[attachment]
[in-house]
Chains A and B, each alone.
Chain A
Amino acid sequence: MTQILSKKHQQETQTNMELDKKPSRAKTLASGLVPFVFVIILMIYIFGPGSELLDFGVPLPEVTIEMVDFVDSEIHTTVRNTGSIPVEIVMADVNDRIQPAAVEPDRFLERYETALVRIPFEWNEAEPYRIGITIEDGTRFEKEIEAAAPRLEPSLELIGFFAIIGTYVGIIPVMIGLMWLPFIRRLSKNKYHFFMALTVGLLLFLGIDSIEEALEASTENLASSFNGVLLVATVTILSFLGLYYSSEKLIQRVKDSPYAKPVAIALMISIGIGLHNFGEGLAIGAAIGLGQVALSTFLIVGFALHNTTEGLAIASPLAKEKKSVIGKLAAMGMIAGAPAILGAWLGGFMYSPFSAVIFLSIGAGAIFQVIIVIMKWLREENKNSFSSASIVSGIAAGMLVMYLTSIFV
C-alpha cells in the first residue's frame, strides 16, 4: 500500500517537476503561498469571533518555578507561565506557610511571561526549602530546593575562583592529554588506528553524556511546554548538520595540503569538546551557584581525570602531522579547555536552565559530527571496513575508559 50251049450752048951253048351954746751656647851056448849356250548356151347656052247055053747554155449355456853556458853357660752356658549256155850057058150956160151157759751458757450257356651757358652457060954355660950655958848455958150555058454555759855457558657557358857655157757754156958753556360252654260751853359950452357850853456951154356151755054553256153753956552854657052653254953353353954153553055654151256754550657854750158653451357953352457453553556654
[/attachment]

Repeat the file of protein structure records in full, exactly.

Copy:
[in-house]
Chains A and B, each alone.
Chain A
Amino acid sequence: MTQILSKKHQQETQTNMELDKKPSRAKTLASGLVPFVFVIILMIYIFGPGSELLDFGVPLPEVTIEMVDFVDSEIHTTVRNTGSIPVEIVMADVNDRIQPAAVEPDRFLERYETALVRIPFEWNEAEPYRIGITIEDGTRFEKEIEAAAPRLEPSLELIGFFAIIGTYVGIIPVMIGLMWLPFIRRLSKNKYHFFMALTVGLLLFLGIDSIEEALEASTENLASSFNGVLLVATVTILSFLGLYYSSEKLIQRVKDSPYAKPVAIALMISIGIGLHNFGEGLAIGAAIGLGQVALSTFLIVGFALHNTTEGLAIASPLAKEKKSVIGKLAAMGMIAGAPAILGAWLGGFMYSPFSAVIFLSIGAGAIFQVIIVIMKWLREENKNSFSSASIVSGIAAGMLVMYLTSIFV
C-alpha cells in the first residue's frame, strides 16, 4: 500500500517537476503561498469571533518555578507561565506557610511571561526549602530546593575562583592529554588506528553524556511546554548538520595540503569538546551557584581525570602531522579547555536552565559530527571496513575508559 50251049450752048951253048351954746751656647851056448849356250548356151347656052247055053747554155449355456853556458853357660752356658549256155850057058150956160151157759751458757450257356651757358652457060954355660950655958848455958150555058454555759855457558657557358857655157757754156958753556360252654260751853359950452357850853456951154356151755054553256153753956552854657052653254953353353954153553055654151256754550657854750158653451357953352457453553556654